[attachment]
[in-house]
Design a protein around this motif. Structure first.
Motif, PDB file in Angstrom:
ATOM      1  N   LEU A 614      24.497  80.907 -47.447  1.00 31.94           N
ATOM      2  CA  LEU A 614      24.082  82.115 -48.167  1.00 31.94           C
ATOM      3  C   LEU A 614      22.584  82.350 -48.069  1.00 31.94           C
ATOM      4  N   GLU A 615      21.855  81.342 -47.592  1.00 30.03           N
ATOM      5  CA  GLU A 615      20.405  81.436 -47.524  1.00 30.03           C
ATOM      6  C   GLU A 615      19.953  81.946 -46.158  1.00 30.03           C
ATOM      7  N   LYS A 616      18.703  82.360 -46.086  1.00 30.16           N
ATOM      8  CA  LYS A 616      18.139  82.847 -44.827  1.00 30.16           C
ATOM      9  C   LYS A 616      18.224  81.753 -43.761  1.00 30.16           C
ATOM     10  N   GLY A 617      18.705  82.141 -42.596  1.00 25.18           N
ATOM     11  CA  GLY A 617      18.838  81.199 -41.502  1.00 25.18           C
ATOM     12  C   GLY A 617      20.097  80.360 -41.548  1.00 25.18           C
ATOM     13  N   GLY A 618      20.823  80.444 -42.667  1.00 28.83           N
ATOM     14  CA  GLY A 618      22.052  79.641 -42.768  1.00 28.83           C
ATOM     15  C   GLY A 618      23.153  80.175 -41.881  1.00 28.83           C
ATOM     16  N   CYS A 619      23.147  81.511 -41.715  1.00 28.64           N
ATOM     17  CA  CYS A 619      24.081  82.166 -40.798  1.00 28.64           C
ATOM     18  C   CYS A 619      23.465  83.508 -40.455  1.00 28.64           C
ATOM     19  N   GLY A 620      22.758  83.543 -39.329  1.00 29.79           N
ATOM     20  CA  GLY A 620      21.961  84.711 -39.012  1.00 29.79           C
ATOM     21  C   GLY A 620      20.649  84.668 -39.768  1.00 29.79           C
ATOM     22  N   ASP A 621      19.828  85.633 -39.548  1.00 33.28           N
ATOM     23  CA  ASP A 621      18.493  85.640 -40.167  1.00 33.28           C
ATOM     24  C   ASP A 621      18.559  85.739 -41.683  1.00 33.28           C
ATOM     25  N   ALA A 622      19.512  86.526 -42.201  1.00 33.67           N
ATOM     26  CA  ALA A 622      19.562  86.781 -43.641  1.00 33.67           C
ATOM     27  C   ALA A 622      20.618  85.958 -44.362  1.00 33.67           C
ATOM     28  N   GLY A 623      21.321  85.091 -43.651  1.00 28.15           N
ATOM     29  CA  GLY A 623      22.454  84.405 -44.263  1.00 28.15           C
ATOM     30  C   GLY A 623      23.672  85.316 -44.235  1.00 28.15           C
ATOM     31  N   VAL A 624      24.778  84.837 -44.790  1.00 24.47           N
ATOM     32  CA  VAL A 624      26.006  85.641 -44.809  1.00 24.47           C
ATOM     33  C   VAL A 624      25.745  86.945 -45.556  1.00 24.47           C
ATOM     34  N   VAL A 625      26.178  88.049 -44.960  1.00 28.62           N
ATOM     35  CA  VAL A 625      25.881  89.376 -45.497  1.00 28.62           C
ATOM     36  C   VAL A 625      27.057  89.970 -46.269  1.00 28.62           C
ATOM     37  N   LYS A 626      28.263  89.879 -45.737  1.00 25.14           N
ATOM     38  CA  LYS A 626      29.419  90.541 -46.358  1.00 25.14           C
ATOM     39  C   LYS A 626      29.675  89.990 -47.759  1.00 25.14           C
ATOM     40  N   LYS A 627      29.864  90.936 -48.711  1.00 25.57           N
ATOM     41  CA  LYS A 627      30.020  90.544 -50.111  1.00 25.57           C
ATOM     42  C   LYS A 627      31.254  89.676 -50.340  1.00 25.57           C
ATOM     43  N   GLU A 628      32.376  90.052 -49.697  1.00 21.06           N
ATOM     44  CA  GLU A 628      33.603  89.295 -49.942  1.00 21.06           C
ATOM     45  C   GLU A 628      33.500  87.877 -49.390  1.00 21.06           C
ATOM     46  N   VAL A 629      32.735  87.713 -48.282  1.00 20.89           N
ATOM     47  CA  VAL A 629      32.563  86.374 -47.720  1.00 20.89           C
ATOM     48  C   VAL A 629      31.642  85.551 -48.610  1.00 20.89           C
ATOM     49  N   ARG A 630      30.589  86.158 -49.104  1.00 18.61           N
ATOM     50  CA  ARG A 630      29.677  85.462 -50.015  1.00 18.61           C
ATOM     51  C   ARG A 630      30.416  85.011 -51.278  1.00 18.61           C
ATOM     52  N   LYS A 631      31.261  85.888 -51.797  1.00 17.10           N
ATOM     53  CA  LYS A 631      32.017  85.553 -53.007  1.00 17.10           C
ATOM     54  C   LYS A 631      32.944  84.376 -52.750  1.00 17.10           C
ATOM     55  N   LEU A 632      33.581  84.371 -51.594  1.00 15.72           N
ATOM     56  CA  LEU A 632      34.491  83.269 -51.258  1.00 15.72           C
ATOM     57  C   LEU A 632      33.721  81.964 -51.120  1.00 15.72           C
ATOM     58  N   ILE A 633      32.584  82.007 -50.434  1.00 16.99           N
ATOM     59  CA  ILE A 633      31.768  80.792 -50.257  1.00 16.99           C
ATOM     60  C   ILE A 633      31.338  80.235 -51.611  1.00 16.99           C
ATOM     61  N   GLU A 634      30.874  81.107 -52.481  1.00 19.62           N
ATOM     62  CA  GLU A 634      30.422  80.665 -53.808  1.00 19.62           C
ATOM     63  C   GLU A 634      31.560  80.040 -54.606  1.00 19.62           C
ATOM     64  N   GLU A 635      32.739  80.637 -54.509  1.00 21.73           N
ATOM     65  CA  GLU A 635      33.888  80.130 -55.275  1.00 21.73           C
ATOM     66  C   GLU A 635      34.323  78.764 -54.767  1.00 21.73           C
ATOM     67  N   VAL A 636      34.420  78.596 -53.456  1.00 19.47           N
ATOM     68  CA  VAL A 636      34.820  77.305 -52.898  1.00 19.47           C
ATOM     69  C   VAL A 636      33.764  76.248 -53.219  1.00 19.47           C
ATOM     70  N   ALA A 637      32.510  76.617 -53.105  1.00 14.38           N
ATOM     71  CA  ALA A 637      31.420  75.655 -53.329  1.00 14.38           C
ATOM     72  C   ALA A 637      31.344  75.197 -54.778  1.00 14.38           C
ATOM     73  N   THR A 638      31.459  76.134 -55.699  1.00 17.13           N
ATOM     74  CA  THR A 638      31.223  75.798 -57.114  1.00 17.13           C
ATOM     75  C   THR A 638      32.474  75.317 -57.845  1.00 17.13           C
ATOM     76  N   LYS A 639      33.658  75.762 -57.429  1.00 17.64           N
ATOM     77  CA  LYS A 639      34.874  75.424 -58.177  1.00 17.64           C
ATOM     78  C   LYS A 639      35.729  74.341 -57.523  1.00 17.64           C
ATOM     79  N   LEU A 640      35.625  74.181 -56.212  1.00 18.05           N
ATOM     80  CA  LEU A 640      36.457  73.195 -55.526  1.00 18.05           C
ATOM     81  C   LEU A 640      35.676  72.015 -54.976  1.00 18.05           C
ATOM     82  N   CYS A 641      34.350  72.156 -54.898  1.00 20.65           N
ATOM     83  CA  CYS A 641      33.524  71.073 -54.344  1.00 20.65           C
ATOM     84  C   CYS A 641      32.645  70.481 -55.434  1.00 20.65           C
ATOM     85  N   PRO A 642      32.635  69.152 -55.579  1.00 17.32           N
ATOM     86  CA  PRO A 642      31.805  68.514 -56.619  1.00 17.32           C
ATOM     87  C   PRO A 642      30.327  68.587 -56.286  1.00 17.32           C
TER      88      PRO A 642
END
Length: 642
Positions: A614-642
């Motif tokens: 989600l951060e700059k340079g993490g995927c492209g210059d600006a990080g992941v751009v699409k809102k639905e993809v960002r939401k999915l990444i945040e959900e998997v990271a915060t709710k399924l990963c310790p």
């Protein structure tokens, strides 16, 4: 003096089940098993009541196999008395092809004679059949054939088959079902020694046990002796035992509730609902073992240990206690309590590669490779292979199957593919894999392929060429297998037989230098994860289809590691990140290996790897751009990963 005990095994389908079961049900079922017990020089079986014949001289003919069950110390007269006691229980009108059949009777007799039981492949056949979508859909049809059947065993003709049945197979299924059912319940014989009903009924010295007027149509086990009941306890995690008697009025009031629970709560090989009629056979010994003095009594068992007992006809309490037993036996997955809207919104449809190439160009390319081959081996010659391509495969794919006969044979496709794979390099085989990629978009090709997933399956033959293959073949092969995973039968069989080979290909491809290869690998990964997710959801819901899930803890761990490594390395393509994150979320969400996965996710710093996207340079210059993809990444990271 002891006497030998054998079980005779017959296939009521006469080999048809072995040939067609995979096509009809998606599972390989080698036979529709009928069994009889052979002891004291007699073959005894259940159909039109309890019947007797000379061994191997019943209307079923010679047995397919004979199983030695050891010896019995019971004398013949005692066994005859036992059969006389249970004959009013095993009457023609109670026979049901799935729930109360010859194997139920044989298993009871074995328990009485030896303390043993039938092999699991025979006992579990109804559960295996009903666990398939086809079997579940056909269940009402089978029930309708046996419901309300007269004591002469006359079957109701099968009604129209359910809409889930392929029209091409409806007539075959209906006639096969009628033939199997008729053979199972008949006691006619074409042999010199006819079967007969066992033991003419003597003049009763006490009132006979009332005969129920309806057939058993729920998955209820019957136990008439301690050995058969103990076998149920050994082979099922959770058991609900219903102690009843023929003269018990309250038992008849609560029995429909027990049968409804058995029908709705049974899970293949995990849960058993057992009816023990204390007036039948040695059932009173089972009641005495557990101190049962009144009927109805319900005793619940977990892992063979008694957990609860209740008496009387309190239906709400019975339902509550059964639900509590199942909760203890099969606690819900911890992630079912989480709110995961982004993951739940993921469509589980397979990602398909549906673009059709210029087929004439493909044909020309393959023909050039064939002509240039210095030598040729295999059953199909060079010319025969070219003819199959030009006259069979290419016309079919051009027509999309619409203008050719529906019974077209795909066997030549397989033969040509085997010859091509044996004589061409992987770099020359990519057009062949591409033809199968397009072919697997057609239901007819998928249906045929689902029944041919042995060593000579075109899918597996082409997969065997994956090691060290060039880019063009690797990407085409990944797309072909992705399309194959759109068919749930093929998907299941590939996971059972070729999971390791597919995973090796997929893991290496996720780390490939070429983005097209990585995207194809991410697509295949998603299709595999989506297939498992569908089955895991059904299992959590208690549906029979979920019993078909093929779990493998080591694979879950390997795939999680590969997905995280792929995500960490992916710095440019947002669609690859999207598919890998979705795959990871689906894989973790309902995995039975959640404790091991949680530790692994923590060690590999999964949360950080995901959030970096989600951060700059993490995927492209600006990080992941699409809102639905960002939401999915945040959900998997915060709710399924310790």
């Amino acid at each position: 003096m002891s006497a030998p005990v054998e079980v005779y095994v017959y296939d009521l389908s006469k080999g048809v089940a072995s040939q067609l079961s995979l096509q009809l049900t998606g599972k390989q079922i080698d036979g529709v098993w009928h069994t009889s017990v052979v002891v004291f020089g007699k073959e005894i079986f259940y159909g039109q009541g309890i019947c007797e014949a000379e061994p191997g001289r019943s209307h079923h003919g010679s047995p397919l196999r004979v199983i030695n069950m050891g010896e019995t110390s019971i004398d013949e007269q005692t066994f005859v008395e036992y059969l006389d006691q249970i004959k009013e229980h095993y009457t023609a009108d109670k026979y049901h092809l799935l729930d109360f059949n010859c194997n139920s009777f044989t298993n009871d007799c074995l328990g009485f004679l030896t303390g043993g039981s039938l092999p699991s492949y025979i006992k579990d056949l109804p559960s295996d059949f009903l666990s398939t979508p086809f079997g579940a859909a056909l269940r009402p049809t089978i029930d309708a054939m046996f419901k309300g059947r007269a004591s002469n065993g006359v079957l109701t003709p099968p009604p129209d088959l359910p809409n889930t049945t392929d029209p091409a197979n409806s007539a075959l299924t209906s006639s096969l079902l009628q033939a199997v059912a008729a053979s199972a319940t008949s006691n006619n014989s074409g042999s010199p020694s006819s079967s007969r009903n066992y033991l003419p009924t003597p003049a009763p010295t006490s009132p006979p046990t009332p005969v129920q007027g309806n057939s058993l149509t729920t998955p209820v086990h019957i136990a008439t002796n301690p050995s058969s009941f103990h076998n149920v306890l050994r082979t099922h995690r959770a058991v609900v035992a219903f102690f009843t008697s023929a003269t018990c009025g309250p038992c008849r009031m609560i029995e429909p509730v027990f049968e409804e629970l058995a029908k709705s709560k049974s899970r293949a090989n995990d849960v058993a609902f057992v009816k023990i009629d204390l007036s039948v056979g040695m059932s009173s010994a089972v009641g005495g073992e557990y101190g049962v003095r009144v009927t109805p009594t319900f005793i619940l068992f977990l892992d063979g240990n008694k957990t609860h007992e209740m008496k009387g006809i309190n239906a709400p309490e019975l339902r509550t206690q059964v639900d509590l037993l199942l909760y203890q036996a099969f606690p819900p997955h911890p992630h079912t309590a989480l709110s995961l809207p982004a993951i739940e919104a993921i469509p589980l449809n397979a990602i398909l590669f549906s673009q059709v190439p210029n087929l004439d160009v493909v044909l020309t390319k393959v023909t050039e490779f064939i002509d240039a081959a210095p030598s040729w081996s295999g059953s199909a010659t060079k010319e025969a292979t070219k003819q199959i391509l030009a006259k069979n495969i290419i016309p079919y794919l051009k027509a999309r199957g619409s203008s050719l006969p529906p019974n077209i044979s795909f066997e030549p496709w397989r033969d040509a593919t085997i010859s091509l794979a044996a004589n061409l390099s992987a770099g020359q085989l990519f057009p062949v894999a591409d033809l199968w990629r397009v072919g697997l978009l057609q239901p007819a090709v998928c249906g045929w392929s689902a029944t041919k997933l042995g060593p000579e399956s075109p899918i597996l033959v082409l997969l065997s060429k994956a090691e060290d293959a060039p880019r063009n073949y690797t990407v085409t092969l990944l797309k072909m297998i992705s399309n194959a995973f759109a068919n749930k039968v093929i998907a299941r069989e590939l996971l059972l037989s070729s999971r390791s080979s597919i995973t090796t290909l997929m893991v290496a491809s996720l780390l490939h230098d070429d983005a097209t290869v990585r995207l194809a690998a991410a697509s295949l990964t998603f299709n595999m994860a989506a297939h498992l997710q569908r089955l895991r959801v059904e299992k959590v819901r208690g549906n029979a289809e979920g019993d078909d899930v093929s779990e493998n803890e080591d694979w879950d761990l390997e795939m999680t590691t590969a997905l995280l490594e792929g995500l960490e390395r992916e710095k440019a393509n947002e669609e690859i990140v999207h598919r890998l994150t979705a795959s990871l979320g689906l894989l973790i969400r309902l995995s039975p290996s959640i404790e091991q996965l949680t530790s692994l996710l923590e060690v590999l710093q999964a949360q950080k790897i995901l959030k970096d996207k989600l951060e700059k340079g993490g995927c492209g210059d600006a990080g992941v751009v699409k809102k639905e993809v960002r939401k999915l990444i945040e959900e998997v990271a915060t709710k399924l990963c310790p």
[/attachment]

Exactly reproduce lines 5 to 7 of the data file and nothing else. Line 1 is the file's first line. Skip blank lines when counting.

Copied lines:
ATOM      2  CA  LEU A 614      24.082  82.115 -48.167  1.00 31.94           C
ATOM      3  C   LEU A 614      22.584  82.350 -48.069  1.00 31.94           C
ATOM      4  N   GLU A 615      21.855  81.342 -47.592  1.00 30.03           N